On Saturday, July 4, 2009 PBS WETA broadcast the 233rd birthday party for the nation from the Mall in Washington, with a concert that started at 8 PM, under cloudy, cooler than usual skies. The Nationals had played in the afternoon and actually won, for a change. The website for the performance is here.
Jimmy Smits was the host. Aretha Franklin sang a rhapsodic Star Spangled Banner, and Barry Manilow came on with a medley, but he didn’t sing “Rhinestone Cowboy” (link) which I remember hearing so many times around 1976 when working the night shift at NBC.
The highlight of the concert, for me at least, was George Gershwin’s "Rhapsody in Blue" (E Major) in a two piano version with dual soloists Michael Feinstein and Andrew von Oeven. The Steinways were put in symmetrical plush position. Both pianists used a lot of cross-hands and aggressive piano style, already mentioned in the May 14 review of the Andres concert. Erich Kunzel conducted the National Symphony.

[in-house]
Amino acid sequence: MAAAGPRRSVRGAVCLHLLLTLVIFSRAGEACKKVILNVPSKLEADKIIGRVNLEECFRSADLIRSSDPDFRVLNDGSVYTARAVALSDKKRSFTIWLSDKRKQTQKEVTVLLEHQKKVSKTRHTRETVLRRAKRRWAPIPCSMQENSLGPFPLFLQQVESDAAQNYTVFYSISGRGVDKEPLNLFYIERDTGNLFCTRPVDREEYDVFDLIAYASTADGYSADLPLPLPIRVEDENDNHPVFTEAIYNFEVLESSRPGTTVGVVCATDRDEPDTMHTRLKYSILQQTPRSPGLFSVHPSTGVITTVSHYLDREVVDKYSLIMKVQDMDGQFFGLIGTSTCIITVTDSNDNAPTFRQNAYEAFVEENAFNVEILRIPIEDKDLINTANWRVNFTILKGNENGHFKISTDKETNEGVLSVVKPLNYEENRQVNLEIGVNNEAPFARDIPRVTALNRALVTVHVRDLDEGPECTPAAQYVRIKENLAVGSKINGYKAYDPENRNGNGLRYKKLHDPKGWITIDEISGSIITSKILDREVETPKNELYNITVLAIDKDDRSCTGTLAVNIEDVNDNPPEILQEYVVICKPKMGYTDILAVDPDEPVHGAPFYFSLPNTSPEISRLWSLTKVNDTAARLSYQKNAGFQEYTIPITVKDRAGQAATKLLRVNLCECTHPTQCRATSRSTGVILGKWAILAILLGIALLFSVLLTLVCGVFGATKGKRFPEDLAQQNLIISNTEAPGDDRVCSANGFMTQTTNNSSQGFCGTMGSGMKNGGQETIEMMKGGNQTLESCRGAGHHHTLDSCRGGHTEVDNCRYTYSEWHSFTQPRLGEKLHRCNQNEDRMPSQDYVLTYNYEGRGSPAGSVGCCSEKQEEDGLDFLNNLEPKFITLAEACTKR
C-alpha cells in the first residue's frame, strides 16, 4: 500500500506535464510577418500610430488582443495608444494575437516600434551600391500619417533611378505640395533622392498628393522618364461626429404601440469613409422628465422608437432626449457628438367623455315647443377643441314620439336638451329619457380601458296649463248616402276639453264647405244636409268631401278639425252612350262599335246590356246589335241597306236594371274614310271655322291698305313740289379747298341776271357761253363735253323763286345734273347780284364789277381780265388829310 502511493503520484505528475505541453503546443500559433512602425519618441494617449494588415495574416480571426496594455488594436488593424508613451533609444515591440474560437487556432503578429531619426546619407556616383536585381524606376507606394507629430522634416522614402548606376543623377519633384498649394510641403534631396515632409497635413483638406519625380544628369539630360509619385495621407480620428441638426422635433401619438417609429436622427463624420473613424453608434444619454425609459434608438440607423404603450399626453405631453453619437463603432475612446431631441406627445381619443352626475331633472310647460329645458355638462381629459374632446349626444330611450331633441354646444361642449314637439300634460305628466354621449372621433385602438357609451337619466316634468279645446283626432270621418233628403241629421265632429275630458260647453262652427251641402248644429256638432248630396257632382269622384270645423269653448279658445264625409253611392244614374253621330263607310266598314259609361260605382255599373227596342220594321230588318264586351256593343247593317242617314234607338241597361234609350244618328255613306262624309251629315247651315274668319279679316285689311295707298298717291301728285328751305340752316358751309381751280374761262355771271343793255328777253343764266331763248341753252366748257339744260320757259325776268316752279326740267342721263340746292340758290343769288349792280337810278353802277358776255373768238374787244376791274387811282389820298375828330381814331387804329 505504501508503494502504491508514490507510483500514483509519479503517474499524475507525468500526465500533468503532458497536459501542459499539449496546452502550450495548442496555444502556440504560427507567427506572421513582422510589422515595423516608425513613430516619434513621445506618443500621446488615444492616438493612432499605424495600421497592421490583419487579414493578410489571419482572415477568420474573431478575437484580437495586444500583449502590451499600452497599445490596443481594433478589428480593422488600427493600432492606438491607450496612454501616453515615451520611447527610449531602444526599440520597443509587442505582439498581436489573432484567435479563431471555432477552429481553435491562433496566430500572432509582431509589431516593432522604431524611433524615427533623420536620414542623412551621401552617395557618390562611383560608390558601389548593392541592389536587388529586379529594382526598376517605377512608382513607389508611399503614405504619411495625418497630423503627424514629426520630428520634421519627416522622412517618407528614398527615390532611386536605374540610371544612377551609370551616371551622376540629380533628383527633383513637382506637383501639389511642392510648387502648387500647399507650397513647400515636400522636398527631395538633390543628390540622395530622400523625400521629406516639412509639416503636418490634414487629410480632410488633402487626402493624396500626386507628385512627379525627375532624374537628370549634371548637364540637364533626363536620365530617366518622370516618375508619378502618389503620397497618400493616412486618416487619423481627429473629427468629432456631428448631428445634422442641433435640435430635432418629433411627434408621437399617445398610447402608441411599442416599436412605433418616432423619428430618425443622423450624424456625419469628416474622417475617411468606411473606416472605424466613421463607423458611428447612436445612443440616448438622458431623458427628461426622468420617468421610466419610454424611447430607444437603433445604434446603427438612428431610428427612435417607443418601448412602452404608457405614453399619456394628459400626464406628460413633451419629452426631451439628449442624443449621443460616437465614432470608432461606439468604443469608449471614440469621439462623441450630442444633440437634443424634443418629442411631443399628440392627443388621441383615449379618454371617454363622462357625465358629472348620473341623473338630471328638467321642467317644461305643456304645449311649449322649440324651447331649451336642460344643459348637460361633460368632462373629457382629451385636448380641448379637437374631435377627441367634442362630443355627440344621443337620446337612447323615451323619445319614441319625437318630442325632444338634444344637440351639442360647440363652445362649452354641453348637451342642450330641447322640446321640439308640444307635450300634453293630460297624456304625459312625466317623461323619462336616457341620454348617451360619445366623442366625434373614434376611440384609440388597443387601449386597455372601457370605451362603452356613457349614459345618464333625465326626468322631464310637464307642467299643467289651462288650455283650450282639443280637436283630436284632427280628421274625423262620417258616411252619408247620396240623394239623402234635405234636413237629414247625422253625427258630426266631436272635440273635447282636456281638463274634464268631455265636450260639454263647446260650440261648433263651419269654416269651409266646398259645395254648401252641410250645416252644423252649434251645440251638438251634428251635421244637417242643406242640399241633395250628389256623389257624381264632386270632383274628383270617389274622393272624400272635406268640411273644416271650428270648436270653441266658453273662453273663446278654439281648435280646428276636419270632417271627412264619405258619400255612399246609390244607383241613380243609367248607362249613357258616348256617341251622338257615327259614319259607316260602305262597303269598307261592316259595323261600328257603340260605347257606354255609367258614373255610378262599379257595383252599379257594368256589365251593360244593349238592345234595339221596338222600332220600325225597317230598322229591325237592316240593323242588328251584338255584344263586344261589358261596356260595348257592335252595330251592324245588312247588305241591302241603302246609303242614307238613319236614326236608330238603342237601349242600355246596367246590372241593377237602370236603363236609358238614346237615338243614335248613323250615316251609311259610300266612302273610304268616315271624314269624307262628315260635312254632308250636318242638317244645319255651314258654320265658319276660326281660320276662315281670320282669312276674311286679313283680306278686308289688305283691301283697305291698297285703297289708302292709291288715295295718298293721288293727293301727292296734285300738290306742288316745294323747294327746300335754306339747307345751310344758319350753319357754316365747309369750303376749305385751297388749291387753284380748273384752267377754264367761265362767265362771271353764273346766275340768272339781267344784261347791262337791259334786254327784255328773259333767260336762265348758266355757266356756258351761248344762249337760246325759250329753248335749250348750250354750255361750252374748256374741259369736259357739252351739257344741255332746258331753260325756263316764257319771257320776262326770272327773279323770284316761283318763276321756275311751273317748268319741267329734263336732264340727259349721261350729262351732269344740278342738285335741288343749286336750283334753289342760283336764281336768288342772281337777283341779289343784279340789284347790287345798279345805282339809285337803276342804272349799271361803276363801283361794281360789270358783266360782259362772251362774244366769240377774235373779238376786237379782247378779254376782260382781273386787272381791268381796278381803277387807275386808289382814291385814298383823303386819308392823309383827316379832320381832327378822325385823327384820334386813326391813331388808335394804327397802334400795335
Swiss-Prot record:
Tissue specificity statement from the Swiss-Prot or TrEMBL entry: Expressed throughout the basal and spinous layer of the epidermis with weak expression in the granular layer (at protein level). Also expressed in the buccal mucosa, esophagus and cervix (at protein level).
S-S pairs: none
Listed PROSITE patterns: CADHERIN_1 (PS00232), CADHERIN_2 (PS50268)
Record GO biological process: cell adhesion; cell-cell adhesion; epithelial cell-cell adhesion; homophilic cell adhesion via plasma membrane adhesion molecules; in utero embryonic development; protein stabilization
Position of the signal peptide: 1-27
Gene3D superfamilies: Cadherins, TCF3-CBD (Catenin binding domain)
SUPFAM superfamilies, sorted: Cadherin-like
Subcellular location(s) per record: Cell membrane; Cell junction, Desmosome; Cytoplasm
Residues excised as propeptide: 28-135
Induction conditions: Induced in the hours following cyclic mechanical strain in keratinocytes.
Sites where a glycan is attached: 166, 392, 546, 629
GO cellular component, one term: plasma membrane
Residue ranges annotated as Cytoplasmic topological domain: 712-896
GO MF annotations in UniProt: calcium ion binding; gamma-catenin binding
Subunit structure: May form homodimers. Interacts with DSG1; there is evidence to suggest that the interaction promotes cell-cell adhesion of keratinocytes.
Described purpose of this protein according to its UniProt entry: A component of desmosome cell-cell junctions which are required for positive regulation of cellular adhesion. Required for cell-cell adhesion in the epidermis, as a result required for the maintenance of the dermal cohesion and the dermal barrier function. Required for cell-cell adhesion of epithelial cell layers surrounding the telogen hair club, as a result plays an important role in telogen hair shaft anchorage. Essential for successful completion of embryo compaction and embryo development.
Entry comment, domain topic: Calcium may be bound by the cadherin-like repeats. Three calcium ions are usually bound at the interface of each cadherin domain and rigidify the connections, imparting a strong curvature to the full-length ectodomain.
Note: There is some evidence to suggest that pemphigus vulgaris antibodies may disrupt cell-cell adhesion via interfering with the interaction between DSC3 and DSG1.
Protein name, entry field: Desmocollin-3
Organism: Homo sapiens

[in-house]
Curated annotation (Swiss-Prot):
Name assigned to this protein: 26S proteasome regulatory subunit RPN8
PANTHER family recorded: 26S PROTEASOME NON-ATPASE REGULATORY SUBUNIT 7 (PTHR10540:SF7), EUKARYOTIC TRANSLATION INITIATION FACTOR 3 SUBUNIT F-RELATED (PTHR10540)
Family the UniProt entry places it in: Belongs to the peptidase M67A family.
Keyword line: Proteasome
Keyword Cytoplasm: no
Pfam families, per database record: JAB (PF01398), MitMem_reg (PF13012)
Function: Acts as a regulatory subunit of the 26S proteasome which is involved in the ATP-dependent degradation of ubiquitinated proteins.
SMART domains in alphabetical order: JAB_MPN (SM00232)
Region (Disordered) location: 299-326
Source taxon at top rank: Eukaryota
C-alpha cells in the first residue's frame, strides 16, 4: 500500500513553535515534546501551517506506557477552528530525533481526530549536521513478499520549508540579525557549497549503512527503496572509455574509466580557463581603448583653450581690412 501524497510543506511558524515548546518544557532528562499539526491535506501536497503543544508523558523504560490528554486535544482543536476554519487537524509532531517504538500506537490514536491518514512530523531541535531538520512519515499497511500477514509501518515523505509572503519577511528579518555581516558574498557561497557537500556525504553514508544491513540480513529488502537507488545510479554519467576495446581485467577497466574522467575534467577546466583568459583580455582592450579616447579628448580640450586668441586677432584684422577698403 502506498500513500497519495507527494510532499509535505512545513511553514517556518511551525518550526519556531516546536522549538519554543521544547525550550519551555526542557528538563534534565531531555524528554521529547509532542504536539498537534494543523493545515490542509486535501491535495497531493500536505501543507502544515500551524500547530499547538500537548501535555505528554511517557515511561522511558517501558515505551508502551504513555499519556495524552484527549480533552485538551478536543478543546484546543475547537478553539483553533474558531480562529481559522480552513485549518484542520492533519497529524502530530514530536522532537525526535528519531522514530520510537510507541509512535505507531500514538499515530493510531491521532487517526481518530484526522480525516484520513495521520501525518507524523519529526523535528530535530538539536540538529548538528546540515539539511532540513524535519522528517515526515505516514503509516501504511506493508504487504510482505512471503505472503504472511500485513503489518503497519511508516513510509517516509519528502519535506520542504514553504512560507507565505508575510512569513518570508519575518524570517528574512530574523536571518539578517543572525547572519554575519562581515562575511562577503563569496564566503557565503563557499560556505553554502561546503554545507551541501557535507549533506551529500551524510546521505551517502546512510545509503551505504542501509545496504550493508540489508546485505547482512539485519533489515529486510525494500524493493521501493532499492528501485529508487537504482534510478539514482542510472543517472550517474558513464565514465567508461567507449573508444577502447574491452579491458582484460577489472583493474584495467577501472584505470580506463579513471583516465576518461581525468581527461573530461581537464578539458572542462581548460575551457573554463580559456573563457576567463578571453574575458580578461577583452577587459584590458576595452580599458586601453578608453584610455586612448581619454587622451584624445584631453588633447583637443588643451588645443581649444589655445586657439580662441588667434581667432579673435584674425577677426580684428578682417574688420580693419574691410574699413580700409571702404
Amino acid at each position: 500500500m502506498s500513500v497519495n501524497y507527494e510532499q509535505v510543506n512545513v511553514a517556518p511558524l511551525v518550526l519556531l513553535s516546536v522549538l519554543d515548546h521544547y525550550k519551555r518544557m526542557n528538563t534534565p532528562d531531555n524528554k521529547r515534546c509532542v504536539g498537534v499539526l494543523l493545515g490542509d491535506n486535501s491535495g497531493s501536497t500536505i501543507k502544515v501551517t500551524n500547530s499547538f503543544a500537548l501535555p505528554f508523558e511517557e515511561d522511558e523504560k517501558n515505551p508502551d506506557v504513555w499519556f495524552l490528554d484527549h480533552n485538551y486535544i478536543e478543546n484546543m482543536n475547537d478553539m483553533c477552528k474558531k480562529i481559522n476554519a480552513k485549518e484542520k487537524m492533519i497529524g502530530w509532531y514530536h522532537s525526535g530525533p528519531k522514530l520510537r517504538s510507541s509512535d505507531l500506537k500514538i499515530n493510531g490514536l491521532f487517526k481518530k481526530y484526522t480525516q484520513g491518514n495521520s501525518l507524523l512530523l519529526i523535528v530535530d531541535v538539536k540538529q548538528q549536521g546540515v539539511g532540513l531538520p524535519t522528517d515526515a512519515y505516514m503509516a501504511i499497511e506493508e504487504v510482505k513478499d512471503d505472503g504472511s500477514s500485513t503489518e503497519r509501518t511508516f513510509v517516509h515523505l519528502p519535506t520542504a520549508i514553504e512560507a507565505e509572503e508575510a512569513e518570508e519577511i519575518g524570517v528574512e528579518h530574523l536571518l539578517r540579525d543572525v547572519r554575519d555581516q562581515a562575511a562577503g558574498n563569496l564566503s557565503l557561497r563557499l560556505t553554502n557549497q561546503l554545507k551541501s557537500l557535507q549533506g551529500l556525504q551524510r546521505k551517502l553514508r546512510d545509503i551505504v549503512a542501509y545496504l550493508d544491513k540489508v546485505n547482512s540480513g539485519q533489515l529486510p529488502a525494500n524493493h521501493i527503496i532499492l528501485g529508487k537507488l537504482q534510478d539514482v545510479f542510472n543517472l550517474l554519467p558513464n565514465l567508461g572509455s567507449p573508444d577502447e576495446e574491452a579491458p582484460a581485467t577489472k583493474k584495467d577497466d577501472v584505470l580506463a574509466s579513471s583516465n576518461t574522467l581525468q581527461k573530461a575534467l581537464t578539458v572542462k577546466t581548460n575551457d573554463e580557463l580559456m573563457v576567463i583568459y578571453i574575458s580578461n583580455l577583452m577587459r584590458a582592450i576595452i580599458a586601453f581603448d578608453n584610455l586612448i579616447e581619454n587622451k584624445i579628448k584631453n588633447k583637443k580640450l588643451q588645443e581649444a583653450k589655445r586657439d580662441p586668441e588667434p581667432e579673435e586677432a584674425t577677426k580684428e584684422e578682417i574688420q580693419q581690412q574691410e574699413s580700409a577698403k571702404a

Sesame Street came on with its Muppets (remember the “Five People in my Family” stuff from about 1970), as did the Cast of Jersey Boys.
Manilow did a reprise “Let Freedom Ring,” whence the fireworks from the Reflecting Pool area started, and then the orchestra played the last eight or so minutes (the recapitulation and coda) of Tchaikowsky’s “1812 Overture Solennel”. I think the piece works much better if played in its entirety. The Choral Arts Society of Washington joined in with a chorus that sounded like it came from “Reds”. I remember a similar choral passage from Prince Igor, the coronation scene (Mussorgsky), that played on a stereo back in the 1970s during a particular “first” for me.
The Military District of Washington bands and choruses performed afterward as the fireworks continued much longer than in past years.
I remember some other concerts in person, such as 1997 and 2000 particularly. In 2000, in fact, I flew back to Minneapolis early July 5 (diverted by storms to Duluth), only to find another “Fourth” concert in suburban Minneapolis on July 6!
Picture: local fireworks, Arlington VA
Update: July 5: ("The Fifth of July")
Today is just one of remembrance for the iconcolastic play named after this day (reviewed April 2007 on this blog).